Does Your Cash Flow Suck?

Leslie Liondas, CPA
Posted by Leslie Liondas, CPA on Nov 2, 2021 8:23:20 AM

Sometimes as business owners, we tell ourselves, "If I can just get a couple more clients, everything will work itself out." But then we get those couple more clients and guess what happens? We still do not have enough cash to cover payroll and bills. We are always waiting for clients to pay us. Or, worse than that, we are on hourly billing, and we do not have enough capacity to get to the work to bill it. The work sits there until we get to it and no cash is coming in from it. We take off work and nothing gets billed out. Sound familiar?

Do these questions or similar questions apply to your business? If so, keep reading.

  • If I take myself out of client work, what happens to the cash flow?
  • Do I still have enough cash to still meet my business and personal needs?
  • Do I have enough cash to finance my next hire or equipment purchase?
  • Do I have enough cash to work on business development?
  • Do I get paid whatever is left over in the business?
  • Do I get paid for all the hats that I am wearing in my business?
  • Are my employees making more money than I am, especially when I break down the number of hours I work vs. what I get paid?
  • Am I afraid to fire clients because of cash flow?
  • Am I working all the DANG time?
  • If I lose this client, am I in big trouble?

We advise our clients that they need to be taking a reasonable salary, but are you?

I know I was not in the first couple of years. I was stressed about payroll and working a ridiculous number of hours. At one point, I was not even getting paid. That is when I implemented a cash management system in my business. After implementing a cash management system, I noticed that my business was screaming at me that my expenses were too high. It was also screaming at me that my pricing for my clients was way too low.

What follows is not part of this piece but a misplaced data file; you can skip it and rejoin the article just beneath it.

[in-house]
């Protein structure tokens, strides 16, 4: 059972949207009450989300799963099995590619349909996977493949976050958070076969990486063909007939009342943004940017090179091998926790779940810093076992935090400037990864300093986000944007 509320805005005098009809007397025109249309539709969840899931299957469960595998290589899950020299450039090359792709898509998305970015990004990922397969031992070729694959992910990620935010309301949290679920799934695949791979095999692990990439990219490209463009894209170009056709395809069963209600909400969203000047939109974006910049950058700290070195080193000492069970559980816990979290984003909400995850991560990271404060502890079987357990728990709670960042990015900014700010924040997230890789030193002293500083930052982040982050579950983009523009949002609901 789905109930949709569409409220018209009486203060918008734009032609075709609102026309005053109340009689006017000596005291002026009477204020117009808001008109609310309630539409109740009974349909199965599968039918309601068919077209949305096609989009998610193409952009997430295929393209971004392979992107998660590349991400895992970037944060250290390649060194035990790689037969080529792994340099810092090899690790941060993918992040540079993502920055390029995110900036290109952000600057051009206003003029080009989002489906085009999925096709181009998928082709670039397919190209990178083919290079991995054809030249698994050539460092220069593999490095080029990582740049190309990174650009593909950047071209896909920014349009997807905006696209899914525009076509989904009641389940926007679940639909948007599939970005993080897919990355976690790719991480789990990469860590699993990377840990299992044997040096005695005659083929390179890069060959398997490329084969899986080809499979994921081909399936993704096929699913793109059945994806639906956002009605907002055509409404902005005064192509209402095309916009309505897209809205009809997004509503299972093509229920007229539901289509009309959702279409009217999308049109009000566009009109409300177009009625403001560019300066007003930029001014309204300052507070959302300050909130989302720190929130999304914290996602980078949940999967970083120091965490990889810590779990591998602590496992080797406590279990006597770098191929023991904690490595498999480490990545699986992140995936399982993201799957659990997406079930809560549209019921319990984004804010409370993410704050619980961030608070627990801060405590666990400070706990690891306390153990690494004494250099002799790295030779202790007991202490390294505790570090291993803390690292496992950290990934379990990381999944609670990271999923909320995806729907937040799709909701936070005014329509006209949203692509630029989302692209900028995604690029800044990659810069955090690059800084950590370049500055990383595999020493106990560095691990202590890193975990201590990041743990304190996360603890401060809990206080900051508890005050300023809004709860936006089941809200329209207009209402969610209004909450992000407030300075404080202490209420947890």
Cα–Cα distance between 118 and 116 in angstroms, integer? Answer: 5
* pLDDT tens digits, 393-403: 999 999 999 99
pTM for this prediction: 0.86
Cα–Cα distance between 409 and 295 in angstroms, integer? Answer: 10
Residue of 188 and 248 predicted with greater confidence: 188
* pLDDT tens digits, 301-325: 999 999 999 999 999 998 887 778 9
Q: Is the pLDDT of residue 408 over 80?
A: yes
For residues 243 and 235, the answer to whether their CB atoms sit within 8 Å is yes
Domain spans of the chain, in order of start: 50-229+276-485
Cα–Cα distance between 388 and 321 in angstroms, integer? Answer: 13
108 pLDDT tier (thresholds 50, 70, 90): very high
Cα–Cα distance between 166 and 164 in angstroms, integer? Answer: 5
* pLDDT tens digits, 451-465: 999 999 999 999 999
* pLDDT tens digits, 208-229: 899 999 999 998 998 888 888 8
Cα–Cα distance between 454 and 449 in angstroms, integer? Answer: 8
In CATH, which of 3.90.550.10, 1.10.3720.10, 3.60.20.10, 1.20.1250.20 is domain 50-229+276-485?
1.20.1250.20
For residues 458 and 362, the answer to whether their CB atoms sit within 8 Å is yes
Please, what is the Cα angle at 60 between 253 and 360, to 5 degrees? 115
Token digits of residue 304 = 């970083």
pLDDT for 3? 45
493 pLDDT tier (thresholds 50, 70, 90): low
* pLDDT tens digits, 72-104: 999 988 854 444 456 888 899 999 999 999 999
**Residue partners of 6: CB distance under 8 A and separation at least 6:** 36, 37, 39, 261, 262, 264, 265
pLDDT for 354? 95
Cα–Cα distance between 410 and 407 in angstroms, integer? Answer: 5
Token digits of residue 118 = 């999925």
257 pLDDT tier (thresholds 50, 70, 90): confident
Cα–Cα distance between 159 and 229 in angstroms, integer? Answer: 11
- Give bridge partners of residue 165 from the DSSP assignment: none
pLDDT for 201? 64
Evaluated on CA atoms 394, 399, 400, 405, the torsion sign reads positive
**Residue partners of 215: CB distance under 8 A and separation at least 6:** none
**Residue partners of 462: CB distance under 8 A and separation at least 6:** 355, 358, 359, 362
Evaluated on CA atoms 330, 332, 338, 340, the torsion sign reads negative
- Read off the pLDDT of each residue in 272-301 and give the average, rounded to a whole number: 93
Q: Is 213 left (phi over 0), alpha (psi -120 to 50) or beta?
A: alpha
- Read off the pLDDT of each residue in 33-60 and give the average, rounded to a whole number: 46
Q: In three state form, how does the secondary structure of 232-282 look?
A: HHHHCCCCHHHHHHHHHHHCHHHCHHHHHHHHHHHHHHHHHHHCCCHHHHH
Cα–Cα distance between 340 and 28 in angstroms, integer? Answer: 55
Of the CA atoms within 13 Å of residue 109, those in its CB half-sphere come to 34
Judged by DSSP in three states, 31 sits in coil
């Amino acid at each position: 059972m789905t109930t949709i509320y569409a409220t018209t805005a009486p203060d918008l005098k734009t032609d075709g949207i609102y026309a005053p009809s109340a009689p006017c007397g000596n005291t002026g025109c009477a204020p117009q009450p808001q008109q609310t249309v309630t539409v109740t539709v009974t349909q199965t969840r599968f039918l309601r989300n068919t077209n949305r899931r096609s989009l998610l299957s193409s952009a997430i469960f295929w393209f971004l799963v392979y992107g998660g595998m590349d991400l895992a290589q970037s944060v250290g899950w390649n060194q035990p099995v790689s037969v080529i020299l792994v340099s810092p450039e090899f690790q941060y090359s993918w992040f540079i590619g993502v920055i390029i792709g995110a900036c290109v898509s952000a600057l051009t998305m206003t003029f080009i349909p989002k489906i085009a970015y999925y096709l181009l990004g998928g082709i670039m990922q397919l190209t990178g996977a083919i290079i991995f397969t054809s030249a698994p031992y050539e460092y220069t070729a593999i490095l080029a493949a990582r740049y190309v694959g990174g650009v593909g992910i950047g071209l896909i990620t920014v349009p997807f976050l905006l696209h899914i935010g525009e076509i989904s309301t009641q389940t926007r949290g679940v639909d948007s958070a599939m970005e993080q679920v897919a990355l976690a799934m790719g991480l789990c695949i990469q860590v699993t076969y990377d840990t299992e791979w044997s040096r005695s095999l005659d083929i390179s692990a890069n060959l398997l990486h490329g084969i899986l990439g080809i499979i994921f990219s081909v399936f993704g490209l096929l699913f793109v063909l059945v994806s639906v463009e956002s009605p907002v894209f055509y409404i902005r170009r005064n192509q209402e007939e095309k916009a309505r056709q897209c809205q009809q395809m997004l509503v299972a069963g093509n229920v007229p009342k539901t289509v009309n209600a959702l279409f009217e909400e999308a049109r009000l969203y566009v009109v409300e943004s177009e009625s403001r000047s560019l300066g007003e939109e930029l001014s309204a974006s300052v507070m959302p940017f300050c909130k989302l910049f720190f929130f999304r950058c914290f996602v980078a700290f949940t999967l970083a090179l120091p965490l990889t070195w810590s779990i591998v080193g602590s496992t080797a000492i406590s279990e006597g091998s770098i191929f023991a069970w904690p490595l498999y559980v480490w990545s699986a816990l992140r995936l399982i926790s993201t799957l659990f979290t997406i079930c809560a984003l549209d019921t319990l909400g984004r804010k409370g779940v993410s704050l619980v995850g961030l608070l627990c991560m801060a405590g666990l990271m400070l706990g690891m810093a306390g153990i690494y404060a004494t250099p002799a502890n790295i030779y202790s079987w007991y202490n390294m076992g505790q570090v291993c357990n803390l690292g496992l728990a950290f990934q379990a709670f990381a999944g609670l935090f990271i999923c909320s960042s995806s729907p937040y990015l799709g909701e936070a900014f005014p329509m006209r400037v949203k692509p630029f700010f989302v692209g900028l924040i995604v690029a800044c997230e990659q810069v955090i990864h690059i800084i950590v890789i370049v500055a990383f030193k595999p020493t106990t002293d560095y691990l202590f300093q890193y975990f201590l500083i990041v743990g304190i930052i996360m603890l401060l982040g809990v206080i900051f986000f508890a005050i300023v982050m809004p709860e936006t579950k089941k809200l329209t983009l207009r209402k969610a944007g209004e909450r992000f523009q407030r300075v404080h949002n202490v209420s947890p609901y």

Implementing a cash management system in my business six years ago helped my business. To sum it up in a nutshell, I created several bank accounts - operating, income, profit, owners compensation, tax bank accounts as well as a couple of reserve accounts. Then, I allocated a percentage of my income based on a profit assessment to allocate to the bank accounts.

You can also have other accounts for specific reasons. For example, if you are needing to hire a new team member but you are afraid of the risk, open a bank account and start allocating a percentage to the new hire account that will be for that new hire for their payroll, etc. This way it will prove to you that you can afford it and can have the first couple of months' wages sitting in the bank account. This gives you an account with a reserve if you have fluctuations in income. Same with computer equipment and all the other stuff that is needed when expanding a team.

Have you ever had an annual renewal come up and you do not have the cash? That is when separate bank accounts work as well. You put a small percentage into this account and save for your annual expenses. This works with professional liability insurance, dues, subscriptions, etc. This way you do not have to come up with it all at once. You have the money set aside for it.